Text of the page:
In April, Brian Wilson’s friend from the William Morris Agency, Loren Schwartz, gave him LSD for the first time. In the midst of the trip, Brian suddenly yelled that he was afraid of his parents and fled to his room to hide his head under a pillow. He pulled himself together, though, by riffing off Bach on the piano, an exercise that evolved into the introduction to the Beach Boys’ ultimate anthem “California Girls.” The next day, he tried to recount his trip to his wife Marilyn. He began crying and hugged her, saying, “I saw God and it just blew my mind.”13 She became deeply upset that he was using drugs and moved out, but when he begged her to come back, she returned.
After the trip, Wilson began experiencing auditory hallucinations. “Oh, I knew right from the start something was wrong. I’d taken some psychedelic drugs, and then about a week after that I started hearing voices . . . All day every day, and I can’t get them out. Every few minutes, the voices say something derogatory to me, which discourages me a little bit. But I have to be strong enough to say to them, ‘Hey, would you quit stalking me? Fuck off! Don’t talk to me—leave me alone!’ I have to say these types of things all day long. It’s like a fight . . . I believe they started picking on me because they are jealous.”14
Wilson plowed forward with “California Girls,” recorded on April 6. Both it and “Mr. Tambourine Man” had intros inspired by Bach. Though “Mr. Tambourine Man” wasn’t officially released until six days later, Wilson had probably already heard it. The Byrds’ manager, Terry Melcher, had been in a number of bands with the Beach Boys’ newest member, Bruce Johnston. On April 9, Johnston took over from Campbell as Wilson’s permanent replacement on the road, and would soon be an integral member. (As a thank-you to Campbell for his help, Wilson gave him “Guess I’m Dumb.” Campbell sang over a Wrecking Crew instrumental track had originally been recorded for the Beach Boys. Campbell’s version was released on June 7, and its cinematic orchestration set the blueprint for his future hits.)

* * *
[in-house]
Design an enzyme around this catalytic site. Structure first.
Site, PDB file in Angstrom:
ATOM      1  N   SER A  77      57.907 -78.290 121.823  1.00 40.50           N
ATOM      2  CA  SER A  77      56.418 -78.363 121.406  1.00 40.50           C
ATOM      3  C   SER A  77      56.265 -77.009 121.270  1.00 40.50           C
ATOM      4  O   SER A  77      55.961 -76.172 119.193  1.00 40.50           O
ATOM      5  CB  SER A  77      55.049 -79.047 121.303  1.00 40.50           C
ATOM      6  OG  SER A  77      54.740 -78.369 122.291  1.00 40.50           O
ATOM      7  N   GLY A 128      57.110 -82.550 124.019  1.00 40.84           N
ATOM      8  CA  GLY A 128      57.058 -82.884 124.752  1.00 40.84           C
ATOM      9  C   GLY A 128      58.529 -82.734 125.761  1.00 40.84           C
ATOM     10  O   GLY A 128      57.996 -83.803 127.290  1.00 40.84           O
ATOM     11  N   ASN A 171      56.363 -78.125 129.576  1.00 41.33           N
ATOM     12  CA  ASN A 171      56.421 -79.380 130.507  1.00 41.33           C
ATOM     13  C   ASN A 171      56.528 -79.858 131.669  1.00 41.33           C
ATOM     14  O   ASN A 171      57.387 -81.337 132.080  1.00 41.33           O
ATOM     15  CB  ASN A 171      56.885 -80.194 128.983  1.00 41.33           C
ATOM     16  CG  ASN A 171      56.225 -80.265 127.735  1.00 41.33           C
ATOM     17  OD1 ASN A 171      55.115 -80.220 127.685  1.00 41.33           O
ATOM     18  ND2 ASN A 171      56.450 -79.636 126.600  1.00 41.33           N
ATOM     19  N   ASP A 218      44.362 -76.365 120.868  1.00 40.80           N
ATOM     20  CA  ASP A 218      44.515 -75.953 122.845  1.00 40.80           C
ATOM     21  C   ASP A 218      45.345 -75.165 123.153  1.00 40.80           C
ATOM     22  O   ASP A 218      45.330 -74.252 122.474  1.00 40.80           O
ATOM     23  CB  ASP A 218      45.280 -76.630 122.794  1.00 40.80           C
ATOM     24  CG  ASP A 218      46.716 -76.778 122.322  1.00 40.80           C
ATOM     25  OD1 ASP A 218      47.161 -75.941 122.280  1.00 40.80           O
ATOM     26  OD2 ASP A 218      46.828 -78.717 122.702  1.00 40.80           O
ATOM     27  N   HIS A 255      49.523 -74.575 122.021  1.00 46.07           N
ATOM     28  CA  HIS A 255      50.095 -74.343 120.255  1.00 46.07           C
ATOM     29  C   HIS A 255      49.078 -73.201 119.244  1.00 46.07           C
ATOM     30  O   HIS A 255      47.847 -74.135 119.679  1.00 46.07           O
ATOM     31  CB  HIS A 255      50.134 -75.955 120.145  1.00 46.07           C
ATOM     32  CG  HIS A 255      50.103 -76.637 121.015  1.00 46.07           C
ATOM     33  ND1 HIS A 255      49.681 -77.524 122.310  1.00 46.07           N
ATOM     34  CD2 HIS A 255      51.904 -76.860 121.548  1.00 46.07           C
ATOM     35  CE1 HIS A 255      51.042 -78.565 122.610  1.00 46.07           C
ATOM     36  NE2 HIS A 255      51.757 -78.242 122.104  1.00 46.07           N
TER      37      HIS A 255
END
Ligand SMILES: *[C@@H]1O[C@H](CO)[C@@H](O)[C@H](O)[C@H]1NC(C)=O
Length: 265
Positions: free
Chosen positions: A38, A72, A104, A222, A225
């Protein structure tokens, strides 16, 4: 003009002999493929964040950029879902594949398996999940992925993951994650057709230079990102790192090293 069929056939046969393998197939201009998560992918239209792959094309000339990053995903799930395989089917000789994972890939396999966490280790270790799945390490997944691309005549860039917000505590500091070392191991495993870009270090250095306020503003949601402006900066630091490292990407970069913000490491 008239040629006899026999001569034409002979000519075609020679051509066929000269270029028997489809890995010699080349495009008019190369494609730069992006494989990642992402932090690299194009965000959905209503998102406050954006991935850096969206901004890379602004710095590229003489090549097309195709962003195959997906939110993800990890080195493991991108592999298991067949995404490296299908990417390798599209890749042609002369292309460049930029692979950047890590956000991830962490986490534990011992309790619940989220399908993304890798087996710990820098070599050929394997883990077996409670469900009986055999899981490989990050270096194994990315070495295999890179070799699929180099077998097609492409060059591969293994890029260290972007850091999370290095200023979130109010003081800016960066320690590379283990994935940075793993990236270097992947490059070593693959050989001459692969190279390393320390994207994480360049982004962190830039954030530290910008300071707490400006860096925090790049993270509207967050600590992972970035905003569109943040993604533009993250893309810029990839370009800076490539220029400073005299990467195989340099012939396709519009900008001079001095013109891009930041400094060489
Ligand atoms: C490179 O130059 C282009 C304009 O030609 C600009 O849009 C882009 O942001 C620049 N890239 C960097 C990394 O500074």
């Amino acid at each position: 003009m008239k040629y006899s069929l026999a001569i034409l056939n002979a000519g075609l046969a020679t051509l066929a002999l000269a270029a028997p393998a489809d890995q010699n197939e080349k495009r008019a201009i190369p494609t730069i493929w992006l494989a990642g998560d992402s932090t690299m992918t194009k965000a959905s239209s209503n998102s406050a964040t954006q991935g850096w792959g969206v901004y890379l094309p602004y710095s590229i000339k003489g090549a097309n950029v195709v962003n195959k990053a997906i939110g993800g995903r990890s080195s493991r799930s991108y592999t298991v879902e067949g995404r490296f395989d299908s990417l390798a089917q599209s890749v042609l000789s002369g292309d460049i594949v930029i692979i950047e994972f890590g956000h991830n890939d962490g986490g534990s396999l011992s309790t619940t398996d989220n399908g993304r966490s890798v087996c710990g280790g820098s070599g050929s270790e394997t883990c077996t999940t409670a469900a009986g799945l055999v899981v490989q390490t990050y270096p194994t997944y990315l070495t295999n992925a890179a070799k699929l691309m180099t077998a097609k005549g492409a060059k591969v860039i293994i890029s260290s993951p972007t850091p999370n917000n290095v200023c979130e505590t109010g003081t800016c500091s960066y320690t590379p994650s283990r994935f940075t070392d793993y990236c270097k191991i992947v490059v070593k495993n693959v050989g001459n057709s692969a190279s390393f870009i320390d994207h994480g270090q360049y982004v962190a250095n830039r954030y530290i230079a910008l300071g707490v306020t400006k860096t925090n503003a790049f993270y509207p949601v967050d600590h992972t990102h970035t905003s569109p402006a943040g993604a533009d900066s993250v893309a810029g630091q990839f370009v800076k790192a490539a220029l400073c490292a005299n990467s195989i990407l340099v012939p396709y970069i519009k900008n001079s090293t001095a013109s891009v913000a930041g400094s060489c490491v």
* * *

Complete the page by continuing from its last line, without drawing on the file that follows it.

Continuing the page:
The “California Girls” session was Wilson’s favorite of his career, and he thought his intro was the finest piece of music he had written. It was recorded on eight-track, the cutting edge in studio technology at the time. Wilson wanted to create an introductory segment that was completely different from the rest of the song. After Wilson’s intro, Mike Love took it from there with a celebration of all the different types of women the band had met in their travels across the globe. The track made it to No. 3.
13. Gaines, Heroes and Villains: The True Story of the Beach Boys, 134.
14. Gillian Friedman, “Brian Wilson—A Powerful Interview,” Ability, n.d. 2006.